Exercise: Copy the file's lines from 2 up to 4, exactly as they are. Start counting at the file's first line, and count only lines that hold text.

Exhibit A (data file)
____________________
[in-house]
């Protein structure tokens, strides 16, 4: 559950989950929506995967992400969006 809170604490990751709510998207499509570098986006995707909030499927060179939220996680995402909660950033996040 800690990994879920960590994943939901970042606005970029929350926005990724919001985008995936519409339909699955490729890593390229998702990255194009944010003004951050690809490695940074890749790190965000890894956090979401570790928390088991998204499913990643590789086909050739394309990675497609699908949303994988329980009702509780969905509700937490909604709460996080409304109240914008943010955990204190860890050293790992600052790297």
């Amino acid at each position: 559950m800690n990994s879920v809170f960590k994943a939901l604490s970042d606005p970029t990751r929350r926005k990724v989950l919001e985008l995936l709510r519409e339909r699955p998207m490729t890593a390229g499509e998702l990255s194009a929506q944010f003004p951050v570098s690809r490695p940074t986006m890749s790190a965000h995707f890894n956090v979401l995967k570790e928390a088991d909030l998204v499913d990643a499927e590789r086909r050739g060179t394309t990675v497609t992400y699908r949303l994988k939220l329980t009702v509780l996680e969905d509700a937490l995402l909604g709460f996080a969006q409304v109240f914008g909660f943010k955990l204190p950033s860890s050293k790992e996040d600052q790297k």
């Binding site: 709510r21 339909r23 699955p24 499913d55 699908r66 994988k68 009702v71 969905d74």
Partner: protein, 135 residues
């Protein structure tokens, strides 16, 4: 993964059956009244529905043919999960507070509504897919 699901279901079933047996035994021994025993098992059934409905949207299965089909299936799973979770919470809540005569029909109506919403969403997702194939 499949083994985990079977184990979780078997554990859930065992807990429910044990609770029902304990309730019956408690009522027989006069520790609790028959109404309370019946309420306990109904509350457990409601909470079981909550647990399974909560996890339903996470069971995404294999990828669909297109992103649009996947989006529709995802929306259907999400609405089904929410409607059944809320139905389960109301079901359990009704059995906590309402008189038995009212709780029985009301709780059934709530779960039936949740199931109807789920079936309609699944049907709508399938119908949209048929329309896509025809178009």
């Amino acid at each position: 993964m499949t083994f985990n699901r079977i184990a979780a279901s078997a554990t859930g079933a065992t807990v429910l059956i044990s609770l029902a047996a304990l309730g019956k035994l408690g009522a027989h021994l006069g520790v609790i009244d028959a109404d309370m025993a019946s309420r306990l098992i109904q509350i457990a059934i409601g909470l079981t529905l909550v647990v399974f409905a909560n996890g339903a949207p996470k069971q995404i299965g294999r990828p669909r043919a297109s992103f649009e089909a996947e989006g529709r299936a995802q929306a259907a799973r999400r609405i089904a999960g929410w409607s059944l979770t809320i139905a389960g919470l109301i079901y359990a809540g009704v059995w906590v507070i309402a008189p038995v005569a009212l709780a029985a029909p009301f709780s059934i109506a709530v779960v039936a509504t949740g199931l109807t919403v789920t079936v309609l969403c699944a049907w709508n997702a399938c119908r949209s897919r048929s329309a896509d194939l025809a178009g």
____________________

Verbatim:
């Protein structure tokens, strides 16, 4: 559950989950929506995967992400969006 809170604490990751709510998207499509570098986006995707909030499927060179939220996680995402909660950033996040 800690990994879920960590994943939901970042606005970029929350926005990724919001985008995936519409339909699955490729890593390229998702990255194009944010003004951050690809490695940074890749790190965000890894956090979401570790928390088991998204499913990643590789086909050739394309990675497609699908949303994988329980009702509780969905509700937490909604709460996080409304109240914008943010955990204190860890050293790992600052790297």
């Amino acid at each position: 559950m800690n990994s879920v809170f960590k994943a939901l604490s970042d606005p970029t990751r929350r926005k990724v989950l919001e985008l995936l709510r519409e339909r699955p998207m490729t890593a390229g499509e998702l990255s194009a929506q944010f003004p951050v570098s690809r490695p940074t986006m890749s790190a965000h995707f890894n956090v979401l995967k570790e928390a088991d909030l998204v499913d990643a499927e590789r086909r050739g060179t394309t990675v497609t992400y699908r949303l994988k939220l329980t009702v509780l996680e969905d509700a937490l995402l909604g709460f996080a969006q409304v109240f914008g909660f943010k955990l204190p950033s860890s050293k790992e996040d600052q790297k």
């Binding site: 709510r21 339909r23 699955p24 499913d55 699908r66 994988k68 009702v71 969905d74």